Folkestone, St Peter

Photo: achurchnearyou.com

  • Single bell hung dead with electric solenoid hammer
  • Tenor: 7-0-11 in C♯.
  • Grid Ref: TR233361
  • Denomination: Church of England
    Diocese (Anglican): Canterbury
    Archdeaconry (Anglican): Ashford
  • Building Listed Grade: II Click for Heritage details.

Details of the Bells

Bell Weight
(most recent)
Diameter Note Date Founder Canons Retuned
Single bell 7-0-1133" C♯ 1898 Mears & Stainbank, Whitechapel Never

 - Hung dead



1862 The foundation stone of the church was laid on 29 April. The architect was R C Hussey. Services started to be held here from its opening on 16 Sept. [1]
1868 The church was consecrated on 30 July by the Archbishop of Canterbury. [2]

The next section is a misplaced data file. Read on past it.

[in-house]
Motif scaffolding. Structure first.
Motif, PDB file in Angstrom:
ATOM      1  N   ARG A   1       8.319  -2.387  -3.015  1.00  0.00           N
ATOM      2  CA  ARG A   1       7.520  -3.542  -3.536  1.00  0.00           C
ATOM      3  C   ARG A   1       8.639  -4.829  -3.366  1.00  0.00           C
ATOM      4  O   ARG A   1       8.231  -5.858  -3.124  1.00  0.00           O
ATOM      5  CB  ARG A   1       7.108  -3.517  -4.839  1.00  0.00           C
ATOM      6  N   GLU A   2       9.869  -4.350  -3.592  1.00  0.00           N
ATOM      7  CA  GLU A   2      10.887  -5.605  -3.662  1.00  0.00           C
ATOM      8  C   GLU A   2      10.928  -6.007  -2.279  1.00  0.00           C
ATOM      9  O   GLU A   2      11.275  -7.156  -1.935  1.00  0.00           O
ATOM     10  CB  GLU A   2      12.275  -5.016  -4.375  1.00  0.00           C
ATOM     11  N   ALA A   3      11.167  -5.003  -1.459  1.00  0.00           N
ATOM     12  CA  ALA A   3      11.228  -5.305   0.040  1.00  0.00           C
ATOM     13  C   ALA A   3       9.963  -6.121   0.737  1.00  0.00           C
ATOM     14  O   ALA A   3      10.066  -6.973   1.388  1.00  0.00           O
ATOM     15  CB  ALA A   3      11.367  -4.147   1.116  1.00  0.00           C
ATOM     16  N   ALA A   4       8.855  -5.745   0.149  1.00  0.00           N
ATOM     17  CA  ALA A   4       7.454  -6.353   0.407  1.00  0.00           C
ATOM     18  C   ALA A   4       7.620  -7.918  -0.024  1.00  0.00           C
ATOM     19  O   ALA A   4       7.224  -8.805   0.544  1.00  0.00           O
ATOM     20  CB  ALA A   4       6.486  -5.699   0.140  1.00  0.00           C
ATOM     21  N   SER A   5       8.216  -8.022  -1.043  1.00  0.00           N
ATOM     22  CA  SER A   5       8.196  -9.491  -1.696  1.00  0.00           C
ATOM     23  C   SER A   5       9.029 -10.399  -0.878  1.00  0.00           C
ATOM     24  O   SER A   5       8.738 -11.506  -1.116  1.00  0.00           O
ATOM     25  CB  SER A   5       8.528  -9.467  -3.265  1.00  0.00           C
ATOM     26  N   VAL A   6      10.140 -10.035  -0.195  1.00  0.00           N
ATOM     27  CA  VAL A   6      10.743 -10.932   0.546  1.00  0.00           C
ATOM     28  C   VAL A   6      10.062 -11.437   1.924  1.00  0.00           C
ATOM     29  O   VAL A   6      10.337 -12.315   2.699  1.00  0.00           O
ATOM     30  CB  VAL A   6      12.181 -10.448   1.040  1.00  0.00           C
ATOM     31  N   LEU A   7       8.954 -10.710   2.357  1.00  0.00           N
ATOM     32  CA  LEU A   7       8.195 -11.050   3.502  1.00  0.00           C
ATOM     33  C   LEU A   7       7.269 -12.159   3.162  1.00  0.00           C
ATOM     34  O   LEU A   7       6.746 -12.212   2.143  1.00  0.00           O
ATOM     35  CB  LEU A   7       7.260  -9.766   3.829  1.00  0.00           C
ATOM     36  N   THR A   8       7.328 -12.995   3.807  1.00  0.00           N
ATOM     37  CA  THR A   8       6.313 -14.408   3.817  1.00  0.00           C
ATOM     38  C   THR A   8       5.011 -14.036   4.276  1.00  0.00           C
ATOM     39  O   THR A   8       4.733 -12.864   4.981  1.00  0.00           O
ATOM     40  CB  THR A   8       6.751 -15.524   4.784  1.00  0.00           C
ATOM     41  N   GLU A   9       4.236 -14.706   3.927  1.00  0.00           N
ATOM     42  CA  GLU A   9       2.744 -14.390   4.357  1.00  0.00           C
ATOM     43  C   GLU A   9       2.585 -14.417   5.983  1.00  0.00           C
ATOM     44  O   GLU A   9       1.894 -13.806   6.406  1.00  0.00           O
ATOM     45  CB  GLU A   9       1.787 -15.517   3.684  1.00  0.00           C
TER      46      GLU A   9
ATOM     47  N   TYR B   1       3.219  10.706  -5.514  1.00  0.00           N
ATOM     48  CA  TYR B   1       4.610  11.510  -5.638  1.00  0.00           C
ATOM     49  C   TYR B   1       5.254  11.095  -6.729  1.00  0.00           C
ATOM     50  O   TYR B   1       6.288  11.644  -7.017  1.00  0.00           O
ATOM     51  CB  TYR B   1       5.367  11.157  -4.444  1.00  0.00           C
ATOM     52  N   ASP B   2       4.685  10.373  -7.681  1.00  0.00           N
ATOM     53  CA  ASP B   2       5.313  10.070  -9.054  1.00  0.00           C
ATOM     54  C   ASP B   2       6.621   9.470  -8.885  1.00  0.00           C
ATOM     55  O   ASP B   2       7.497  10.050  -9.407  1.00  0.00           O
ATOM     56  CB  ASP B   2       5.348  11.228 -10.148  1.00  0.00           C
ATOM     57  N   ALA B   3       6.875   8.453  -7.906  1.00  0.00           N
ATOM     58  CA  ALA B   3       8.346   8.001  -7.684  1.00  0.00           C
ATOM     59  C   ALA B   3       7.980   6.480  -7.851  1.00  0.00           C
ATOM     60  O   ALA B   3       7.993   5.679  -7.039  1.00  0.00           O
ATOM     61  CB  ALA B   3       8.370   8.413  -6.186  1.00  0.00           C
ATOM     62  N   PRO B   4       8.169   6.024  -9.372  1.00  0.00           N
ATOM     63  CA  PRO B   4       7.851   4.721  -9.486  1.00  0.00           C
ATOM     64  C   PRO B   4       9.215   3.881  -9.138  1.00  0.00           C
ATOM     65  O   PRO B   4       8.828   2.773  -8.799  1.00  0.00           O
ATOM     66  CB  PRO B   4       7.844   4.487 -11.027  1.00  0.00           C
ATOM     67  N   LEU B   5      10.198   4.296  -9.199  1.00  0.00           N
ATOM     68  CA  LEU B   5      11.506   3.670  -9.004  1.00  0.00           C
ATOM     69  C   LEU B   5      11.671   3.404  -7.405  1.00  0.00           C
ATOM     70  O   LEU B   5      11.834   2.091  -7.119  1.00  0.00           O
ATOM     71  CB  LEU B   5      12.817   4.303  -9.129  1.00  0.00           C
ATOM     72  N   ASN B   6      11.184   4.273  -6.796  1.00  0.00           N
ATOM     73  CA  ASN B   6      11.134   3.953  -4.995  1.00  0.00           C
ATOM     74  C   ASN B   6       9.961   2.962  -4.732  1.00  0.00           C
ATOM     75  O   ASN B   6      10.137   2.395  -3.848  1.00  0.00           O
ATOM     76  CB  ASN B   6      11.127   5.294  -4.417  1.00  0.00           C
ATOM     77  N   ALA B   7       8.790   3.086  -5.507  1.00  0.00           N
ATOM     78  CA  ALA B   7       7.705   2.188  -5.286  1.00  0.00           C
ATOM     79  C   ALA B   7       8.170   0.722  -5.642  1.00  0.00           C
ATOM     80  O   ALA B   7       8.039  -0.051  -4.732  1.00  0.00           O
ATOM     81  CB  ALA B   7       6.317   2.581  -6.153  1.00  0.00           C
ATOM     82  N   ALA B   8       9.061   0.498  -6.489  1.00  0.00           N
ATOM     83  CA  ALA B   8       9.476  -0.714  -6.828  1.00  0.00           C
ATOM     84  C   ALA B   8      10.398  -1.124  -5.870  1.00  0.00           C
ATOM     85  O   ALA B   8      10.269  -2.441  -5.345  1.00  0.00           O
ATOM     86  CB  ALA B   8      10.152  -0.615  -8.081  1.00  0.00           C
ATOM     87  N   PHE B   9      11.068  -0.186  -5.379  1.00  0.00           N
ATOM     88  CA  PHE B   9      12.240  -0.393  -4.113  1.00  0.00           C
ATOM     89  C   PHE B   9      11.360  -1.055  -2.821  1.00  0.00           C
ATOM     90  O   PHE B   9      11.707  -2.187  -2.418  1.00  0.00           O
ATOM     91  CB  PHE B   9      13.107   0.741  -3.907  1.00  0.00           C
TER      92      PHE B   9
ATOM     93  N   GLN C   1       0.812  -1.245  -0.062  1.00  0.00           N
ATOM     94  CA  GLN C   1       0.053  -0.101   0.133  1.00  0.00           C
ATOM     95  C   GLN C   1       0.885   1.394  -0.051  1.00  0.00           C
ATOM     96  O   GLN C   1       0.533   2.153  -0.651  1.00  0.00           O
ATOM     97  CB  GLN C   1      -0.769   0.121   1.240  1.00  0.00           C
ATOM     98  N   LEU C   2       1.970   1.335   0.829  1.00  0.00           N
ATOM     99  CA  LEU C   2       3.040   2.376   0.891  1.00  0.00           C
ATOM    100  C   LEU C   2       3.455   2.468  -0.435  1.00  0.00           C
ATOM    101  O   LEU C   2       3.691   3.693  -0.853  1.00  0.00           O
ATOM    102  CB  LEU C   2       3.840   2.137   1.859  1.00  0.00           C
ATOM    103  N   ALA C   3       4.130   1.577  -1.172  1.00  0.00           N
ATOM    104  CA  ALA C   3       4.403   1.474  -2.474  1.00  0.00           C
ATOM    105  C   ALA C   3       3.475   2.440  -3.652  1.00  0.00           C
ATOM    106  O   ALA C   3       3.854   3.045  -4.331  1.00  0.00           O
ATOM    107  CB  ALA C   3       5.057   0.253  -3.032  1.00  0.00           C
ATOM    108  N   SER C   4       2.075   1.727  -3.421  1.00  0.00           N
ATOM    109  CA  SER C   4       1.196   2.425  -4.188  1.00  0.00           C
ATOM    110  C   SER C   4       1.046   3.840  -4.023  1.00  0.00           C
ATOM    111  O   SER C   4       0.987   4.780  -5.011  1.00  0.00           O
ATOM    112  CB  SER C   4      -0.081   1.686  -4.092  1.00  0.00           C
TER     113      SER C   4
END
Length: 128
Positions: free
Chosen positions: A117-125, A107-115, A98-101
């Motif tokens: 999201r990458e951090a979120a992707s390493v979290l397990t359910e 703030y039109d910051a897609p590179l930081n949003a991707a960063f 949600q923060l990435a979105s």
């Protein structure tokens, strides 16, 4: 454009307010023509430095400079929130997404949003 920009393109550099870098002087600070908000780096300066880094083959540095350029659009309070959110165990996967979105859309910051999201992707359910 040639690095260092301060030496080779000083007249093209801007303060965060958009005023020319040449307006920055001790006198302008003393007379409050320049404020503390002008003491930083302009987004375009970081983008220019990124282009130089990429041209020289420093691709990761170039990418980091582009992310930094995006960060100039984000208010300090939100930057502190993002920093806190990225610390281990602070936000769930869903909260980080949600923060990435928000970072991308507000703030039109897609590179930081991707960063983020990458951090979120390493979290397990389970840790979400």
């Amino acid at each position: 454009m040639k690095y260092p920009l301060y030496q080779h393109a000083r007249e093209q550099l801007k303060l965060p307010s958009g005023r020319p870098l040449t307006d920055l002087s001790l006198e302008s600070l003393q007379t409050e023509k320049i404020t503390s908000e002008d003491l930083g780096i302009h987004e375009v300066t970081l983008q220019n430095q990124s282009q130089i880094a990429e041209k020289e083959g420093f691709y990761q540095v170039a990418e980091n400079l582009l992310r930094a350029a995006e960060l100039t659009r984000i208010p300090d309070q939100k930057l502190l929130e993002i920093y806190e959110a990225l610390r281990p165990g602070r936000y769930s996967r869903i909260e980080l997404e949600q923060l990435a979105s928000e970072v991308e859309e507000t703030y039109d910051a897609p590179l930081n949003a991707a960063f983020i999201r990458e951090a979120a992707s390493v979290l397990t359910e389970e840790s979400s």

1874 A fleche was erected on the roof of the church.
1898 A bell by Mears & Stainbank was hung in the small west bell turret for full circle ringing, and was dedicated on 12 Dec, [3]
2018 The bell was rehung with all new fittings for stationary chiming by John Taylor & Co of Loughborough. The original somewhat rotten A frame (bell was originally hung for full circle ringing) was removed and the bell now hangs on its replacement deadstock on new timbers with an internal solenoid hammer. It was not tuned.
[1] FOLKESTONE. OPENING OF THE MARINERS' CHURCH - The new church for the use of the large population, chiefly composed of mariners and fishermen living on the east side of the railway arches, was opened on Tuesday with two services - morning and evening. (Canterbury Journal, Kentish Times and Farmers' Gazette - Sat 20 Sept 1862)
[2] CONSECRATION SERVICE - Holy Trinity Church, in the Upper Sandgate-raid, will be consecrated by the Archbishop to-day (Wednesday); and to-morrow the same ceremony will be performed in St.Peter's (Mariner's) Church on the East Cliff. The latter church has been open for Divine service for about six years. (Dover Telegraph and Cinque Ports General Advertiser - Wed 29 Jul 1868)